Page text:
I'm writing a library to support telnet'ing to a remote server and running apps.
Things are going swimmingly in establishing a connection, getting data back, parsing, etc. (at least as swimmingly as it can be for communicating with programs via a text interface).
One app will change the cursor if it enters properly, or leave the original cursor if it fails (I don't write the apps, I just have to use them.)
When said app starts up correctly, this works with no problem:
promptB = "hello(x)# " # Yes, the space at the end is intentional response = tn_conn.cmd("app_name\n", prompt=promptB)
I would like to use the prompt change (or lack of prompt change) to detect whether the program failed to start. I figured this would be a golden opportunity to try telnetlib's expect(), since expect() allows one to pass a list of strings to match in the response.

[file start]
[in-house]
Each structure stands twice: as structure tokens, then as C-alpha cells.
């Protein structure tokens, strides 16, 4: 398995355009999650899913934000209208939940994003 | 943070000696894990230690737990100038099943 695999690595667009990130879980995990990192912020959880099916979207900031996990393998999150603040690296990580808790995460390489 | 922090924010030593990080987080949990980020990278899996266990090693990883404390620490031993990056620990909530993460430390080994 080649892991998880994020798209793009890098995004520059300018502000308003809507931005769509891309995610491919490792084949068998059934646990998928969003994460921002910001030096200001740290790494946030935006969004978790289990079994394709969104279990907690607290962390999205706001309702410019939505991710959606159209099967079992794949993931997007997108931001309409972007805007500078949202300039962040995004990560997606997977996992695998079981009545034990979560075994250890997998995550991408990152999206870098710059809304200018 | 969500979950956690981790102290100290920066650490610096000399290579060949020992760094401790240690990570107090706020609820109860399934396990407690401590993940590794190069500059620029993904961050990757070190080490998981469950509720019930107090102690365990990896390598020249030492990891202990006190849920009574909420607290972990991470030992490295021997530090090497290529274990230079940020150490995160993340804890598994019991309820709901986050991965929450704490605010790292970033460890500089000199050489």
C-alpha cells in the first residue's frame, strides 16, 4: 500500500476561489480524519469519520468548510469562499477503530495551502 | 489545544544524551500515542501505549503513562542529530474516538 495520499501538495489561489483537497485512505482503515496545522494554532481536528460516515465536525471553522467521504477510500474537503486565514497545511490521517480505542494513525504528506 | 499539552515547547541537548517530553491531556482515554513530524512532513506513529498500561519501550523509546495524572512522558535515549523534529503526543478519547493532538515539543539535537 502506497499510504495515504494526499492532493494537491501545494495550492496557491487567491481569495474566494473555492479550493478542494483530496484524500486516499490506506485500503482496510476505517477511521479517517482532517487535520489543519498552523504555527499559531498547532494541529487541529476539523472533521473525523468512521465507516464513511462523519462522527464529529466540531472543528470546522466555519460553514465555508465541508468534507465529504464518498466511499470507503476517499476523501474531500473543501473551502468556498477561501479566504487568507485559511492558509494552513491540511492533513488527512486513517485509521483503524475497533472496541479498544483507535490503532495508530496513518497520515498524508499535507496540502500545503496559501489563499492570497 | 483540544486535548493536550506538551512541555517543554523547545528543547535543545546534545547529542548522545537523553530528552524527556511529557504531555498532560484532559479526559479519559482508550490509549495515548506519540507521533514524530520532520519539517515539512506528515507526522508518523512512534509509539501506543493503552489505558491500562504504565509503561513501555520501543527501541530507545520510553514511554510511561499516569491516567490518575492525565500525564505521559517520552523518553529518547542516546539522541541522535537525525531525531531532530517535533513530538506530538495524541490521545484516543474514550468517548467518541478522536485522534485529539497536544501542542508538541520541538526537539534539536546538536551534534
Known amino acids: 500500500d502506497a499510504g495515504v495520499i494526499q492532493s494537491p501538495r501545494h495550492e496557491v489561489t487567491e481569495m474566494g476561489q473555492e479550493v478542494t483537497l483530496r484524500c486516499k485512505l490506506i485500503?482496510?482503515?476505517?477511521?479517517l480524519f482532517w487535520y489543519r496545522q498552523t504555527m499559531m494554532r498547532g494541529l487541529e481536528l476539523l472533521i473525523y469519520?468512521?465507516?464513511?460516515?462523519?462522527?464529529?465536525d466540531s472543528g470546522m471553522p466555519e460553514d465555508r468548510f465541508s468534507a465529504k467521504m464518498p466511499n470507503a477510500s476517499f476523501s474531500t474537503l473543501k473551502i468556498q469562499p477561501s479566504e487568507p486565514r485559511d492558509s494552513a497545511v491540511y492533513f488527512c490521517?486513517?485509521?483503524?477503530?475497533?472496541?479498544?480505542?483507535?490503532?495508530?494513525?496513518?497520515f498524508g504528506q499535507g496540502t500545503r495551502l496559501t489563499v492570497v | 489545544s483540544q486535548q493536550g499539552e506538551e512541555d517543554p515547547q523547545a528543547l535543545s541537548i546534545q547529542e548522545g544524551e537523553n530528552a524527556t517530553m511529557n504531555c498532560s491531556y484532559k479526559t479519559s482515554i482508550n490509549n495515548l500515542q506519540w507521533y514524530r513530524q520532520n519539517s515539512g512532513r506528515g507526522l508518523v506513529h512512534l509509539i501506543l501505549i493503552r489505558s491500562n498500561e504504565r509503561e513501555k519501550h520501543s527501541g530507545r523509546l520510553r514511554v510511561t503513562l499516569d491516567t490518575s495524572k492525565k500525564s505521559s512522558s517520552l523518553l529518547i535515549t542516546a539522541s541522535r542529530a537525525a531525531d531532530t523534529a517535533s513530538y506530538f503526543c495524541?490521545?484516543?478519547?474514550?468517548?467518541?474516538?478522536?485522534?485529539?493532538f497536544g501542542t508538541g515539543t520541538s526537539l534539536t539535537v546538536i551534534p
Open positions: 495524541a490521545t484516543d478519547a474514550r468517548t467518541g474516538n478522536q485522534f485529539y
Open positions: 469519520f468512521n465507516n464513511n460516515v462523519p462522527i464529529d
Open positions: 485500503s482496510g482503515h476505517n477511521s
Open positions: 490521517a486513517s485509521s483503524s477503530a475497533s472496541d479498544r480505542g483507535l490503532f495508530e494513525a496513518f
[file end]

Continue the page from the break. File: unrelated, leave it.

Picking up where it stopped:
I cannot, however, get this to work:
promptA = "hello(x)# " # Yes, the space at the end is intentional promptB = "hello> " # Yes, the space at the end is intentional tn_conn.write("app_name\n") which_prompt, mo, response = self.tn_conn.expect([promptA, promptB], timeout=3)
The expect command always times out, whether to apps starts sucessfully or not.
which = "-1"
mo = None
response = "mumble mumble\r\r\n other stuff\r\n\r\nhello# "
The docs say that either a string or a regex object can be passed to expect (I'm passing a string), so am I missing something? A look at the telnetlib code shows that its calling re.search(), not re.match(), so that wouldn't seem to be the issue.
Can anyone please offer suggestions on what I'm doing wrong?
Edit Added parens to the prompt example to better illustrate why expect() was not working as expected.